Pioneer reformer who with Elizabeth Cady Stanton founded the organized women´s rights movement in the U.S.
At the age of 13 she was sent to a Friends´boarding school near Poughkeepsie, N.Y. where two years later she was engaged as an assistant and later a teacher. It was then that her interest in women´s rights began. Solely because of her sex she was paid only half the salary male teachers were receiving.
After her marriage in 1811 to James Mott also a teacher at the school, the couple moved to Philadelphia. Both were members of the Society of Friends and Lucretia became a Quaker minister in 1821. Later they associated themselves with the Hicksite Friends branch which tended toward a quasi-Unitarian position.
The Motts were active in the campaign against slavery and after the passage of the Fugitive Slave Law of 1850 their home became a sanctuary for runaway slaves.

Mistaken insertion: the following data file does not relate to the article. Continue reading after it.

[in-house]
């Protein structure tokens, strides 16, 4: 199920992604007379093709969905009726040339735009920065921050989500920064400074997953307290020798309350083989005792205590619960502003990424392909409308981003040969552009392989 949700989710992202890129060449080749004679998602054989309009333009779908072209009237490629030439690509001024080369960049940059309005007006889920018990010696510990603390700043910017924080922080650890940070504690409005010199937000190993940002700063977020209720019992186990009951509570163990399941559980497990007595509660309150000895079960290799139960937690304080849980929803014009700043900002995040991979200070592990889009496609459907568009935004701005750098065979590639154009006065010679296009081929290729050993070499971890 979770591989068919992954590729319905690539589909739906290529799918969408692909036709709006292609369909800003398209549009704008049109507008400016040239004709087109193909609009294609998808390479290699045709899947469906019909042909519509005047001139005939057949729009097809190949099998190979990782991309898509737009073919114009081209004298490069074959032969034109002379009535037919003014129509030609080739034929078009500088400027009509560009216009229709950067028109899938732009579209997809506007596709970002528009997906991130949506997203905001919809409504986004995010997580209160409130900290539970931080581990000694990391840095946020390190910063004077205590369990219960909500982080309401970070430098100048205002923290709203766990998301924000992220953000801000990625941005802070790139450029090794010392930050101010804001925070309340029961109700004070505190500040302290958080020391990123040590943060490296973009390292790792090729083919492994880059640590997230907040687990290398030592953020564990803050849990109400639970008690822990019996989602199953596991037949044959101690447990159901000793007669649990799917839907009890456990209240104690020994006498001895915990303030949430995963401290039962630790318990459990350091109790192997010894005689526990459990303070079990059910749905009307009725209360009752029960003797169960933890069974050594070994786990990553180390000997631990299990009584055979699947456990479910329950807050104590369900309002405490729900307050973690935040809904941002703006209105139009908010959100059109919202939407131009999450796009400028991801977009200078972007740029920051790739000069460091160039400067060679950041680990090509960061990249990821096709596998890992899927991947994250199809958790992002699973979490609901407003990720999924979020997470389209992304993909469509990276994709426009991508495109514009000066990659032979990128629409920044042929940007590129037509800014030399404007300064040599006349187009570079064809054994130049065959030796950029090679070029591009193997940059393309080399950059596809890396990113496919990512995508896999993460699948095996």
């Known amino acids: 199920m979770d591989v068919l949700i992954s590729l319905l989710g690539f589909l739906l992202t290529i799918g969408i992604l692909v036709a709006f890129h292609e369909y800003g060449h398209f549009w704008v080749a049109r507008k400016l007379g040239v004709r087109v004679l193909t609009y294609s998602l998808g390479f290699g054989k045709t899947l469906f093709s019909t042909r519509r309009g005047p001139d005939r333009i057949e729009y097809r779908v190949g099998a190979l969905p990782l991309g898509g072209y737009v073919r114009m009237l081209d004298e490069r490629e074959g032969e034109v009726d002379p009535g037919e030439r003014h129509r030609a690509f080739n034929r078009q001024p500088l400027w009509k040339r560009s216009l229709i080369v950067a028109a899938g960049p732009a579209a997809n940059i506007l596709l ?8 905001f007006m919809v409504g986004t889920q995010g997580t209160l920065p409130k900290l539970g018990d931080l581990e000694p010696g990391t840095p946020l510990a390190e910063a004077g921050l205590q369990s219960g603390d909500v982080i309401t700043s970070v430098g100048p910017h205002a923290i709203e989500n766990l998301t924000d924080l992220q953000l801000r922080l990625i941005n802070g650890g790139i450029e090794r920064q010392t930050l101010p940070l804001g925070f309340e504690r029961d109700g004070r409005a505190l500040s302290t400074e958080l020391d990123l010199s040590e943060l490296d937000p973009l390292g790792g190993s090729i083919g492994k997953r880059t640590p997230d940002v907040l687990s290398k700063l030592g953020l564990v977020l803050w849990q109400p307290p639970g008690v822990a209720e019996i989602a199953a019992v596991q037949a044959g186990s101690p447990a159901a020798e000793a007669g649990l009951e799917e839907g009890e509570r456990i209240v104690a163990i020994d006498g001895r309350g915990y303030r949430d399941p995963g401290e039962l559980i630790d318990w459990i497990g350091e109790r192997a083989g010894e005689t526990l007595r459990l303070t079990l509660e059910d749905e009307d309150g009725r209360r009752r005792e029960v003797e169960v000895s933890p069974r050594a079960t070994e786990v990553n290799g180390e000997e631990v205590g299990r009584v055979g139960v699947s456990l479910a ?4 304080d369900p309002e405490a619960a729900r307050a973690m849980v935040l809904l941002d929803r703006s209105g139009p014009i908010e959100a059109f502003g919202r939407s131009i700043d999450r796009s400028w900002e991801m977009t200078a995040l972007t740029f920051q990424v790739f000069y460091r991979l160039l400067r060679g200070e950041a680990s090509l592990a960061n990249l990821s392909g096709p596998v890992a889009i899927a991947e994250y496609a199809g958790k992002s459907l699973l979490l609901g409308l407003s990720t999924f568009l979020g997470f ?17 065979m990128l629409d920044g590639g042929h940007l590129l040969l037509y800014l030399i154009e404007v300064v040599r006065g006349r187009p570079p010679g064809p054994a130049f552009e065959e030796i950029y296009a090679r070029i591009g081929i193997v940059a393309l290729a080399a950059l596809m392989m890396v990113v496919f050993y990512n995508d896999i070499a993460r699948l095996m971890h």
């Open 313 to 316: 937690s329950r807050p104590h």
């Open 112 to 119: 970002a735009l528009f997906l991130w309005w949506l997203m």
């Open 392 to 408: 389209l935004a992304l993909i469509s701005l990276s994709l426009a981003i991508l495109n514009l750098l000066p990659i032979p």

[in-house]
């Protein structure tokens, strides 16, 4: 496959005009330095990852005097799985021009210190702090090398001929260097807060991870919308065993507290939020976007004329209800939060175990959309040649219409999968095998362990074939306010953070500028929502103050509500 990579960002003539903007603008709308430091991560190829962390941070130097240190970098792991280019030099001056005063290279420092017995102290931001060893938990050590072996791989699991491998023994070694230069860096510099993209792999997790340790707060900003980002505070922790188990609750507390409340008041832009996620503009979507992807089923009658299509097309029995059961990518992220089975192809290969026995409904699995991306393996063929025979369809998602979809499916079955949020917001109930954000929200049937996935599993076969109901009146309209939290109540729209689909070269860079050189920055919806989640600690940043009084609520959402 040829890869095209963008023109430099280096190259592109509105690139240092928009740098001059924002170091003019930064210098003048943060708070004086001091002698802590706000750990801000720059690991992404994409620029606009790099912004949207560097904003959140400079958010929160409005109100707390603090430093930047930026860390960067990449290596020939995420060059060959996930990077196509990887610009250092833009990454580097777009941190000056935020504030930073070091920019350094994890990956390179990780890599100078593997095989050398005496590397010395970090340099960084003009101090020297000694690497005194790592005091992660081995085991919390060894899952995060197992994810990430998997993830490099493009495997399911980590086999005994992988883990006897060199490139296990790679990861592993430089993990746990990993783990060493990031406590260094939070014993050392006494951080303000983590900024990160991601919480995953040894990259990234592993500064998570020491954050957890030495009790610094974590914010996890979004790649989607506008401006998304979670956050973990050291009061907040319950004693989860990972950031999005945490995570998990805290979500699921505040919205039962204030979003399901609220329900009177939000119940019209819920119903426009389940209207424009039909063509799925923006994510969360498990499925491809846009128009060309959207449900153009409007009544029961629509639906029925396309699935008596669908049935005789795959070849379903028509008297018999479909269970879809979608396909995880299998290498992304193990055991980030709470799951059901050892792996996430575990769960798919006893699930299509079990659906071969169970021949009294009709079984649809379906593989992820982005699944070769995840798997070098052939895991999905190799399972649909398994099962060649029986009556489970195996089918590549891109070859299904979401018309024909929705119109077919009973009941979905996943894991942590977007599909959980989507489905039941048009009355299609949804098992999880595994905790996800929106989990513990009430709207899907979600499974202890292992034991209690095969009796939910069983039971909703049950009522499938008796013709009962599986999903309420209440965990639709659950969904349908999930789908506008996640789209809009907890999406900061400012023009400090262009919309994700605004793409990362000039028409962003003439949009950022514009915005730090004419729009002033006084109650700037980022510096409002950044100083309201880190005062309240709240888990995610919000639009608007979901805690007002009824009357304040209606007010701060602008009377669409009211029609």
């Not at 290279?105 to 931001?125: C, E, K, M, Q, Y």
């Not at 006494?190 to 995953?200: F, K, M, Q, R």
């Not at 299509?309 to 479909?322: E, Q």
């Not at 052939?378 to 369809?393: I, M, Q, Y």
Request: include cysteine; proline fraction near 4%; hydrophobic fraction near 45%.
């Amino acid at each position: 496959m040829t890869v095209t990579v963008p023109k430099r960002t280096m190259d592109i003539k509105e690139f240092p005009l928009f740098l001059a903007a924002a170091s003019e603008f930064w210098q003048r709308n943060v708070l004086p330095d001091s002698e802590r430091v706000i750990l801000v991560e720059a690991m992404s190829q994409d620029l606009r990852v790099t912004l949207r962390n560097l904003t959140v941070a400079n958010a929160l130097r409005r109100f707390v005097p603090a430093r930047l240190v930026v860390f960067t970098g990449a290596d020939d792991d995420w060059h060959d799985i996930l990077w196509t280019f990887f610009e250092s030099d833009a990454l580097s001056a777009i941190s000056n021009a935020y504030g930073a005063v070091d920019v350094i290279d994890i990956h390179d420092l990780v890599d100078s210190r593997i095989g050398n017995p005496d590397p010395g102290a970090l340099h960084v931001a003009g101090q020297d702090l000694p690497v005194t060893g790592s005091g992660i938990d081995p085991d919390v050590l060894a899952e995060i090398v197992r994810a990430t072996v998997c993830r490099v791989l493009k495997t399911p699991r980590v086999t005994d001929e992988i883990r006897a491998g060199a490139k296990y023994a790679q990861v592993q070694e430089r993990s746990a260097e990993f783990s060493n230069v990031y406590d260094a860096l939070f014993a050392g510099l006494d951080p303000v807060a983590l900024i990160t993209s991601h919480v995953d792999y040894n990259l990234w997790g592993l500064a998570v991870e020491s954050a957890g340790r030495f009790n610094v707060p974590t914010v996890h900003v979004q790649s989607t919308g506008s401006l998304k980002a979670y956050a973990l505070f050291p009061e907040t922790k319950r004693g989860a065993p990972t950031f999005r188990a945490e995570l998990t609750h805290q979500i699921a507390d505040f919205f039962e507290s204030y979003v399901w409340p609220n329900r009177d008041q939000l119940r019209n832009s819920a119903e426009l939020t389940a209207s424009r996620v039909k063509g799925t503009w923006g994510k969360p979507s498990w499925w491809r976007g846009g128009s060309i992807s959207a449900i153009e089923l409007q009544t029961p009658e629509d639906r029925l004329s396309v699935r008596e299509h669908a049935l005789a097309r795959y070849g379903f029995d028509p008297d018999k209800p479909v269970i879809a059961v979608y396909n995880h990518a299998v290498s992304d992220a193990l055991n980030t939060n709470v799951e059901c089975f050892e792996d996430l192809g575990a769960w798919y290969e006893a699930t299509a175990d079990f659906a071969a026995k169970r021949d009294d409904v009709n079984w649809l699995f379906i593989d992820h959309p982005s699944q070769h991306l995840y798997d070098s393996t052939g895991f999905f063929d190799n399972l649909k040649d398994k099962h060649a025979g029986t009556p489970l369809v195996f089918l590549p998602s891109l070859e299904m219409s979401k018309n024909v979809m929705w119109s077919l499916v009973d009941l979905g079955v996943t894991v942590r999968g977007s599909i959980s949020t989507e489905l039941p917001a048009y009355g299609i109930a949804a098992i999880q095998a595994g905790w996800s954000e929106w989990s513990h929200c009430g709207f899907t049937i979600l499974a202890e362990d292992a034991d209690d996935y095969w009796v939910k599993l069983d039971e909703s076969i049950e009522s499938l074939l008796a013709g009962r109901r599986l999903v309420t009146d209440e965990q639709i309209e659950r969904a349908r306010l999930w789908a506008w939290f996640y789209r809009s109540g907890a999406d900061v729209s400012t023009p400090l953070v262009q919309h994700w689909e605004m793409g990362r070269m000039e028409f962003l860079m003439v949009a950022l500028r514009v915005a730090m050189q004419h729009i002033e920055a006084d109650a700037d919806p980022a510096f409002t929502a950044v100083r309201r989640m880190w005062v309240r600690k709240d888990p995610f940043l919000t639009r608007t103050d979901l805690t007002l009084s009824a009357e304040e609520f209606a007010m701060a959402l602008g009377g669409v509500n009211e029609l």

In 1848 taking up the cause of women´s rights (see woman suffrage) she and Elizabeth Stanton called a convention at Seneca Falls, N.Y., the first of its kind, "to discuss the social, civil and religious rights of women". The convention issued a Declaration of Sentiments modelled on the Declaration of Independence, it stated that "all men and women are created equal..."
From that time Mott devoted most of her attention to the women´s rights movement.
She wrote articles, lectured widely, was elected president of the 1852 convention at Syracuse, N.Y. and attended almost every annual meeting thereafter.
After the Civil War (1861-65) she also worked for voting rights and educational opportunities for freedmen.
Until her death at 87 she was considered one of the most effective reformers in the country.